How to write a yarn review

I have a problem with first finding out the “right” way to do something before I jump in. So, instead of writing a yarn review as intended, I’ve written HOW to write a yarn review. OK so, I’m no expert on this. I’m a total beginner knitter, but I do know that one good way to learn something is to try and teach it.

Reviews of anything are really helpful, right? I don’t do anything or make any purchase without reading reviews.  I love Clara Parke’s reviews, when she describes a yarn (chickadee) as having “the well-rounded liveliness of a fresh bowl of cappellini”, somehow you just know what she means.

I think the more I learn “yarn appreciation” I get more enjoyment out of this. When I was only crocheting, I picked whatever cheap yarn I could get my hands on, since it gobbles up so much yarn. (I’m inordinately excited about the workshop with Deb Robson at Fibre East in July. So hoping that gives me more insight.)

I want to write yarn reviews, especially for small producer yarns and breed-specific yarns. I’m inspired by the idea to Knit British (though I’d rather say “knit local” as on on the island of Ireland and hey Scotland might leave GB!?) I was frustrated as I started learning about yarns more that many of the yarns regional/local to me have few reviews or comments on Ravelry.

So – I was taking some time to compare yarn reviews and thought I’d write it up for anyone else who wants to write them. I’d recommend putting them in a blog, but also putting them in your Ravelry stash notes, along with a photo of the yarn and your comments. Or maybe even as a comment on the yarn page itself? I’d do all three just to be sure people can find it.

A Review of Yarn Reviews (how meta!)

I thought it would be good to look at how the experts do it. There seem to be some standards. Of course you start with the essential details of make and yardage; but there are also specific aspects of the yarn to look at such as how it feels in the skein or how it works up. 

  • Knitter’s Review is the site by Clara Parkes who wrote Knitter’s Book of Yarn and Knitter’s Book of Wool. After getting these out of the library as e-books, I have added them to my books wishlist. Great to read! There are many yarn reviews on the site, but of course focused on yarns from the US/Canada. Example: Baa Ram Ewe Titus.
  • used to have a Knitty round table to review yarns together.I sort of imagine a wine tasting club. HOW MUCH FUN would that be? Or how about combining yarn reviewing and wine tasting.. ooo.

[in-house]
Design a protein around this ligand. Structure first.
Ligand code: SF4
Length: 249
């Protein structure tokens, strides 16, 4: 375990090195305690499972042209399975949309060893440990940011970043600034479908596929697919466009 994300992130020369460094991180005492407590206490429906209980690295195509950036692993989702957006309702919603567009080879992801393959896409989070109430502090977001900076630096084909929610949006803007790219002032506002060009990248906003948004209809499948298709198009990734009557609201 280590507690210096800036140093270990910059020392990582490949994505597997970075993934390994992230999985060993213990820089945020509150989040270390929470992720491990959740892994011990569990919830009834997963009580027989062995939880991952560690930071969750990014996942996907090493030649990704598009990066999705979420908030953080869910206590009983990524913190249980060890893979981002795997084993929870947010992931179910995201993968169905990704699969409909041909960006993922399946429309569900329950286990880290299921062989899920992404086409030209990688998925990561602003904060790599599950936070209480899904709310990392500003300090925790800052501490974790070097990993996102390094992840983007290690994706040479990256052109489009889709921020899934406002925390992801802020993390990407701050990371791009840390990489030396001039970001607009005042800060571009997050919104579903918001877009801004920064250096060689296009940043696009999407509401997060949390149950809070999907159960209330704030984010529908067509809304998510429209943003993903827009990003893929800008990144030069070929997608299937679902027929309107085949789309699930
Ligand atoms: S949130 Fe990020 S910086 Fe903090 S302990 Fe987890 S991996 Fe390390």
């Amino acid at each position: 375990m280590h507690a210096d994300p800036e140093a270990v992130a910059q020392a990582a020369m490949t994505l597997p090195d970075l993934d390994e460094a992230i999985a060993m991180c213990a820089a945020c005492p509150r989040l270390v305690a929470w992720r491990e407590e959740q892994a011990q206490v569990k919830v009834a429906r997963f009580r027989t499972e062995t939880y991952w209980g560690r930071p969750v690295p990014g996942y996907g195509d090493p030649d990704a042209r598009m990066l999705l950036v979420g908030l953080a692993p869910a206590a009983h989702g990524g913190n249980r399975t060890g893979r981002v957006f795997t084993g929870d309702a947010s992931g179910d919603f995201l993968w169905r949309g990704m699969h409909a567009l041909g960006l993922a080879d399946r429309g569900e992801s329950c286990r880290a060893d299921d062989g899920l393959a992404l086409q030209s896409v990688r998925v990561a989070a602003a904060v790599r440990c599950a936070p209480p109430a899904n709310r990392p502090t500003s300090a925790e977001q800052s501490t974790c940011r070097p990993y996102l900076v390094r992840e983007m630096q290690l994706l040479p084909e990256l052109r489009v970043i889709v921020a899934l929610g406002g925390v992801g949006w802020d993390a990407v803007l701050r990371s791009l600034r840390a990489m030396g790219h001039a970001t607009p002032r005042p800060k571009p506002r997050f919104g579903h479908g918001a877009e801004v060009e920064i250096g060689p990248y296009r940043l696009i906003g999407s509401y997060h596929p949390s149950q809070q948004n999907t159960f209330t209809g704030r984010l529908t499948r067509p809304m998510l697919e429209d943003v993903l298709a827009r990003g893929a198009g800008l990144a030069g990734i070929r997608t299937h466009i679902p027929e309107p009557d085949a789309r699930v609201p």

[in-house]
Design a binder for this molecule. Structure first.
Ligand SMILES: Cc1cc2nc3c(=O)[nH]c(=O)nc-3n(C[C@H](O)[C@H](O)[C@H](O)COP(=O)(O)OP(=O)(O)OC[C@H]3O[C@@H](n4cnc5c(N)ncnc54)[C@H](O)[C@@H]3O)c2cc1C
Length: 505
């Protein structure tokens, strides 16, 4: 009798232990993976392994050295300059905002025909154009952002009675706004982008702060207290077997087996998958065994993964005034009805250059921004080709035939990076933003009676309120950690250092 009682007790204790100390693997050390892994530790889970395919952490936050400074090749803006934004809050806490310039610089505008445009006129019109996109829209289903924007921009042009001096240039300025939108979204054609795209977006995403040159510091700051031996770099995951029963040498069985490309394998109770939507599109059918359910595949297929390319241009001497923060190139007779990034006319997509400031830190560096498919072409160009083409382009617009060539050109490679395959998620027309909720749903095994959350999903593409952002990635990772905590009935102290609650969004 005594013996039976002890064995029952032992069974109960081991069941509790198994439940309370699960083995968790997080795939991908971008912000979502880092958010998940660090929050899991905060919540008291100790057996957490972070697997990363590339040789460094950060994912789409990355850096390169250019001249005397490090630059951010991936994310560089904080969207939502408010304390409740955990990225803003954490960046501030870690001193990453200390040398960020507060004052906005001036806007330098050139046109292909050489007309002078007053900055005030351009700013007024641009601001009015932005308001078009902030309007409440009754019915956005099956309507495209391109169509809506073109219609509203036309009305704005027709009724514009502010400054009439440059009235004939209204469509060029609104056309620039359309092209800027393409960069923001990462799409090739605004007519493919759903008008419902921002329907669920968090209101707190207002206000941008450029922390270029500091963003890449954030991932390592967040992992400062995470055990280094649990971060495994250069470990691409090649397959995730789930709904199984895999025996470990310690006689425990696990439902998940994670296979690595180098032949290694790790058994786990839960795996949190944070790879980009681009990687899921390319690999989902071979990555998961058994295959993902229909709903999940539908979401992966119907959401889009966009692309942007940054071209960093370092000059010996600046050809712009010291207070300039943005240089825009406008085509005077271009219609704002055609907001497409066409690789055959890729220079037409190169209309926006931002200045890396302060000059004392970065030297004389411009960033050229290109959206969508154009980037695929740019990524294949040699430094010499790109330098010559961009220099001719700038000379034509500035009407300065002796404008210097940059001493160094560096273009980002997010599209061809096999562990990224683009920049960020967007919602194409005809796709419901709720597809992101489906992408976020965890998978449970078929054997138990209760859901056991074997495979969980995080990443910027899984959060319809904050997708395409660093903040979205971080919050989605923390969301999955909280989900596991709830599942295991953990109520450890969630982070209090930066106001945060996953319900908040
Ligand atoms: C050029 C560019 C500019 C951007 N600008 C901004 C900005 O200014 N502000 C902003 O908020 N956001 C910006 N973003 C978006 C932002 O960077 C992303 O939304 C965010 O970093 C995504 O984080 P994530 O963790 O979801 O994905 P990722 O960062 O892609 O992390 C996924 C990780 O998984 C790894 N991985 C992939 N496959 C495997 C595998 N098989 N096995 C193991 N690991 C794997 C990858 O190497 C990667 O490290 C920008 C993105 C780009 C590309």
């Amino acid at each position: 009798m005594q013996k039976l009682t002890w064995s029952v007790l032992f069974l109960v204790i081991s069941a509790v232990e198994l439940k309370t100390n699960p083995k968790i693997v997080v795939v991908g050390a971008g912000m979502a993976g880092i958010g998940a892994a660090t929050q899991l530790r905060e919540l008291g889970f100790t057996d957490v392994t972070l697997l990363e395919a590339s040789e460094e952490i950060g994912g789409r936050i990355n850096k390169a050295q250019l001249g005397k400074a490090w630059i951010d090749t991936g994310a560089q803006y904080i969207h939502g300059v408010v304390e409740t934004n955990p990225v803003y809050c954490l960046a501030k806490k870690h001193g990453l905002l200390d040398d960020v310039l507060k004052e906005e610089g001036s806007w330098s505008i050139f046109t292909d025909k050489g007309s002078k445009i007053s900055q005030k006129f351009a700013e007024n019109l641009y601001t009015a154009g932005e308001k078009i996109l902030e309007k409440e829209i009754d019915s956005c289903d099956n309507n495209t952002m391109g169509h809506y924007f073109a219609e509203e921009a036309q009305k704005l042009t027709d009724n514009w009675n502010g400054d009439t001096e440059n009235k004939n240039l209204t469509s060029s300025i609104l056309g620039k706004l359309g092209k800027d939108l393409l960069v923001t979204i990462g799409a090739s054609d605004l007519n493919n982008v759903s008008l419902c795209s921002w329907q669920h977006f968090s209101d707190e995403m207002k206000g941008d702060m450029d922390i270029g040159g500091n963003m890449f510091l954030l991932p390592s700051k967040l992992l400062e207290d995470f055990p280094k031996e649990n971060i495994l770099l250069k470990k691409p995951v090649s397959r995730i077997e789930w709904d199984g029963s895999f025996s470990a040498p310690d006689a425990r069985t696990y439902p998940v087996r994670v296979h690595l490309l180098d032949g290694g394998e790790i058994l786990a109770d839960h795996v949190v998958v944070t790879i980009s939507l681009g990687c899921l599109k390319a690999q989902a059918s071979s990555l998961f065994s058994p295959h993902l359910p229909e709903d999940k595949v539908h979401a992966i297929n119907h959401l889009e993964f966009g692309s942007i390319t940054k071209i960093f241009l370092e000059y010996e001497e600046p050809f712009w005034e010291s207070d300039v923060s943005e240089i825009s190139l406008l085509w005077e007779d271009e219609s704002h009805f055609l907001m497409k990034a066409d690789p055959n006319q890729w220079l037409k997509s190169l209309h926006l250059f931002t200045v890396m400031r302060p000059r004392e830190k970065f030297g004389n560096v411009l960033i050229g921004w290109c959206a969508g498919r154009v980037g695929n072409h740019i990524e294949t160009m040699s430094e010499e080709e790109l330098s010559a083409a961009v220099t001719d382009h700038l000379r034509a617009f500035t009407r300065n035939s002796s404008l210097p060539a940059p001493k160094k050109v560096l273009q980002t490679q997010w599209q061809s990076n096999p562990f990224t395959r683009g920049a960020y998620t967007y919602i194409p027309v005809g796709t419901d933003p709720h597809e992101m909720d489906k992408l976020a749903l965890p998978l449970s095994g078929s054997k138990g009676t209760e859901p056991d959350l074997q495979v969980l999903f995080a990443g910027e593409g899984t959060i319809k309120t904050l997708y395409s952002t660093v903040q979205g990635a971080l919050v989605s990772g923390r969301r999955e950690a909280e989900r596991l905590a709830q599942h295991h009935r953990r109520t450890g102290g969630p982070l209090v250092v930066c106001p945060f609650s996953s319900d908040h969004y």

• Knitting Scholar is a bona-fide writer, and while there aren’t any recent reviews, the ones that are there are very good. 
  • Of course, has yarn reviews too.  Here’s an example of Black Water Abbey Farm.

Ravelry itself is a database of yarn information, but the comments don’t have a consistent format of course. 

    Yarn details & Specifications

     In terms of yarn details, they all have the similar details. Knitter’s review doesn’t include the “type” of yarn, but they include the country of origin, purchase price, location, and washing instructions. I do think wash method is important, since it affects how the yarn works, and it’s worth linking to where you got it from. This is a sort of combo of all the yarn details, which I would include.

    • Company:
    • Type: (sock, fingering, etc)
    • Fiber: 
    • Gauge: 
    • Yardage: 
    • Weight: 
    • Wash method:
    • Where purchased:

    The actual review

    Knitting scholar just writes up the review with no subsections in “In-depth look.” It seems to be written before the writer has worked it up, so there’s no details about that.

    Knitter’s review writes up in 5 main sections

    • First impressions
    • Knitting Up – how to work with it, how it deals with tension.
    • Blocking / Washing
    • Wearing- For wearing, it means the writer has made a swatch and does abrasion tests. I don’t know what that entails just yet.
    • Conclusion

    Knitters review also includes an estimate of how much it would cost to make a typical project, which gives a good sense of cost, more than just the per-item cost. reviews include…

    • Knitting (working with)
    • Uses for X yarn
    • Caring for X yarn
    • Buying the yarn (also called Bottom line)- goes into the costs and value byeond the per-item price.

    Knitty Round Table has more of a survey format…
    Knitting Round Table has more of a survey format…

    • overall impression
    • describe it in one word- I love this as it’s like tasting notes.
    • what’s the one thing you couldn’t know about this yarn until you knit with it?

    There is a sort of rating system but it’s hard to understand.

    would you buy it? how does it feel
    in the ball? how does it feel knit up?
    is it fairly priced? how’s the stitch definition?
    drapey [1] or stiff [5] ?

    A yarn review outline

    I do intend to write actual yarn reviews!! This is the outline I think I’ll use. After the essential yarn details I like this format:

    1. Knitting with it – What it feels like to work with it.
    2. In the skein – What it looks like, or feels like.
    3. In the swatch – Include needle details and final tension stitches/rows per 4″.
    4. Washing/blocking notes – Include care tips, but also how it blocked up, Maybe before/after pics?
    5. Tasting notes – Non-fibre associations that come to mind when working with the yarn.
    6. Ideas for things to make with it – This might spark a reader’s ideas, and encourage them to reconsider some more “challenging” textures.

    I’ll give this a try!